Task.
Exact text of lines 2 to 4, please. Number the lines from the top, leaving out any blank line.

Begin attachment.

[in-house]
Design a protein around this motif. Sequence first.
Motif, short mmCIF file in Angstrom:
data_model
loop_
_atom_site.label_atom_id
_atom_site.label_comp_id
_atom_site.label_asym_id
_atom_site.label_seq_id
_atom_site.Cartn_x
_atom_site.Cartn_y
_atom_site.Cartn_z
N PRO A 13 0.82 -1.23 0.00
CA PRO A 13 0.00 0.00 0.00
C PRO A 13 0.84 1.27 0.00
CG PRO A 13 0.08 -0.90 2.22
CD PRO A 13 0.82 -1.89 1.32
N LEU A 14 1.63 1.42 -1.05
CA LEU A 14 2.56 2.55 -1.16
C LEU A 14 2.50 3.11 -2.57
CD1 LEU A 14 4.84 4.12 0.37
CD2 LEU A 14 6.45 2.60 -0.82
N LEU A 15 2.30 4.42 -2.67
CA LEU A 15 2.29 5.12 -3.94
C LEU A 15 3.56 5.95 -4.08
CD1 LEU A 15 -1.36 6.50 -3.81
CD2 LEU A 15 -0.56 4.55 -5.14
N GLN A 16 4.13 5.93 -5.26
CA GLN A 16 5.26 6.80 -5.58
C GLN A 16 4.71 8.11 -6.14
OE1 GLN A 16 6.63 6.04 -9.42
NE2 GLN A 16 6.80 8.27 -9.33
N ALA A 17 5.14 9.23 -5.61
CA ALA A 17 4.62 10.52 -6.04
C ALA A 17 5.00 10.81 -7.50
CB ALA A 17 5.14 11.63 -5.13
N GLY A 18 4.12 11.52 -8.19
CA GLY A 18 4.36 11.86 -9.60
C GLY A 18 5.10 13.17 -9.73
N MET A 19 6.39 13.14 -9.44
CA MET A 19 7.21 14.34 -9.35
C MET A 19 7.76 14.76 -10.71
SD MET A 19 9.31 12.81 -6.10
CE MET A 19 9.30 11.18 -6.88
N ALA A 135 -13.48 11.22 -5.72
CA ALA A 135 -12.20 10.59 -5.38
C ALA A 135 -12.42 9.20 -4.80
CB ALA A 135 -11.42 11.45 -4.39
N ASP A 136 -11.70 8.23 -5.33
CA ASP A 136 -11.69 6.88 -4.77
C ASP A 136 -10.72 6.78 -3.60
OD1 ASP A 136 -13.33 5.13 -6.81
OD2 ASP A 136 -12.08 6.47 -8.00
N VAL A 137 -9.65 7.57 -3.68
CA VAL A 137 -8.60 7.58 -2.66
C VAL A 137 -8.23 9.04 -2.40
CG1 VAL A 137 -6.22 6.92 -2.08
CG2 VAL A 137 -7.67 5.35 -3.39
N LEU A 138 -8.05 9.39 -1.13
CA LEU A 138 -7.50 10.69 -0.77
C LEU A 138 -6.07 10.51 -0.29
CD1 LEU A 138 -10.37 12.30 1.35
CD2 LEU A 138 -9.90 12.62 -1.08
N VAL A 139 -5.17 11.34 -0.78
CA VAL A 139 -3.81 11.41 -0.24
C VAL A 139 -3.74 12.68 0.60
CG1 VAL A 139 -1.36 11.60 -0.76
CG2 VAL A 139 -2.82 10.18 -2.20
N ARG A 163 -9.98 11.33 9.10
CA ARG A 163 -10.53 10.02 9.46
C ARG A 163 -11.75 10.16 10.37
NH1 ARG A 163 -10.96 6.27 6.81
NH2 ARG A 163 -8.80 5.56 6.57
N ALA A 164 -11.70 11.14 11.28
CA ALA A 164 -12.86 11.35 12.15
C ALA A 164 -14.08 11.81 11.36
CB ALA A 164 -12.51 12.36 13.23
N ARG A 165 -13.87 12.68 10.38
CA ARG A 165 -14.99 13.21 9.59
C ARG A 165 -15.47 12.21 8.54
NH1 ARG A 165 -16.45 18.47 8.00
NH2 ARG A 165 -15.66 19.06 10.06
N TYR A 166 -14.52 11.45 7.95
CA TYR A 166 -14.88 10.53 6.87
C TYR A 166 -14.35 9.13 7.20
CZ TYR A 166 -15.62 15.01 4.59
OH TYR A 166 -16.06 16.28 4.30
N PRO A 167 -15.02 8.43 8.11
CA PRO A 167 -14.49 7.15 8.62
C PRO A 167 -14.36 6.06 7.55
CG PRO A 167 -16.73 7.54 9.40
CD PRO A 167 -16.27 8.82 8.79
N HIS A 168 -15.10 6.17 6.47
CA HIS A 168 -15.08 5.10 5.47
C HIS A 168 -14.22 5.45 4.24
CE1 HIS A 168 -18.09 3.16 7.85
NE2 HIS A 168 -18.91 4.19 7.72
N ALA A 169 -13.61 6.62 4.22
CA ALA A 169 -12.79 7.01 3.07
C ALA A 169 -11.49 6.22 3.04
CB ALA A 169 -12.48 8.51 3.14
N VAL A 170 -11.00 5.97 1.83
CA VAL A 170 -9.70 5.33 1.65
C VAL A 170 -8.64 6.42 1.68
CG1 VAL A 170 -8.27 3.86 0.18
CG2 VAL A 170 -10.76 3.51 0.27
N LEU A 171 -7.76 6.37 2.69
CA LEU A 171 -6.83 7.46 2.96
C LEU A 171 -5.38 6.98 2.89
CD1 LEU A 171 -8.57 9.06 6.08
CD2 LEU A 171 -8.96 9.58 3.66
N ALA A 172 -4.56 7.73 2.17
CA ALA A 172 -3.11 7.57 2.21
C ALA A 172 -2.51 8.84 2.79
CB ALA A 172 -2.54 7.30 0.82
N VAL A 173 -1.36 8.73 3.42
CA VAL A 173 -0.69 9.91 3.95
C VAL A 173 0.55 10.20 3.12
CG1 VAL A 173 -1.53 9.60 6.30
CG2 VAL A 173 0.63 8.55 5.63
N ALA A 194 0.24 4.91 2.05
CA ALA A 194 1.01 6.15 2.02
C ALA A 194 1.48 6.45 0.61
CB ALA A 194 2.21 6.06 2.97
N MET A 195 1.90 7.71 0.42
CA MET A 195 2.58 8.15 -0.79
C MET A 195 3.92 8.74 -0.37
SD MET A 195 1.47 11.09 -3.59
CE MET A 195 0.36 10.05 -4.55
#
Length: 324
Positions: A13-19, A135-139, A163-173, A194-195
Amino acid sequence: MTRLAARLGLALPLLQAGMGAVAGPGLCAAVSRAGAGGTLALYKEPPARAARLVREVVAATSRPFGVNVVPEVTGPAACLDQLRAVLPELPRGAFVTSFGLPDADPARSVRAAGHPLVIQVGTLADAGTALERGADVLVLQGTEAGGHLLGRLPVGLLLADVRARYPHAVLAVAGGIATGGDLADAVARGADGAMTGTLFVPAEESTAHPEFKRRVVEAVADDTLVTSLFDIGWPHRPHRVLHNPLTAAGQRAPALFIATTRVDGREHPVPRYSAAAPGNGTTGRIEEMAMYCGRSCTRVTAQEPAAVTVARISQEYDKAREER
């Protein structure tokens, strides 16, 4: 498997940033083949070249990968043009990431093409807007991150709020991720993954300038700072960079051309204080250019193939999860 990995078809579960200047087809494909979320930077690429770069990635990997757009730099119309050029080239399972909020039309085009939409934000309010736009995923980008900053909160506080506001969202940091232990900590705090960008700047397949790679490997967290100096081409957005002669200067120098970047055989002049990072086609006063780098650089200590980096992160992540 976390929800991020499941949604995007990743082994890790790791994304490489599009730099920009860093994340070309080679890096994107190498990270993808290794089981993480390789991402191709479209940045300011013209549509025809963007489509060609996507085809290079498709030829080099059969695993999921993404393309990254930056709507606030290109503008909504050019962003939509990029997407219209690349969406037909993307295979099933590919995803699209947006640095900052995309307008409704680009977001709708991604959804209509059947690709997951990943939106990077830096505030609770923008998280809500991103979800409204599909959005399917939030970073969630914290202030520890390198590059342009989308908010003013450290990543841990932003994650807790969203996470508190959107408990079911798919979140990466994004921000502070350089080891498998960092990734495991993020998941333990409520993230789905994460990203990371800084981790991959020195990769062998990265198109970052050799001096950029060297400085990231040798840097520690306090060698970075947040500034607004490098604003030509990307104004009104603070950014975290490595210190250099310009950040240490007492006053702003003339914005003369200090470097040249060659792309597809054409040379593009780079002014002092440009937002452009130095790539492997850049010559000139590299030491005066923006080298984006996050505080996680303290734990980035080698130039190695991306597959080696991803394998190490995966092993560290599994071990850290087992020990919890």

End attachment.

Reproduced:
Design a protein around this motif. Sequence first.
Motif, short mmCIF file in Angstrom:
data_model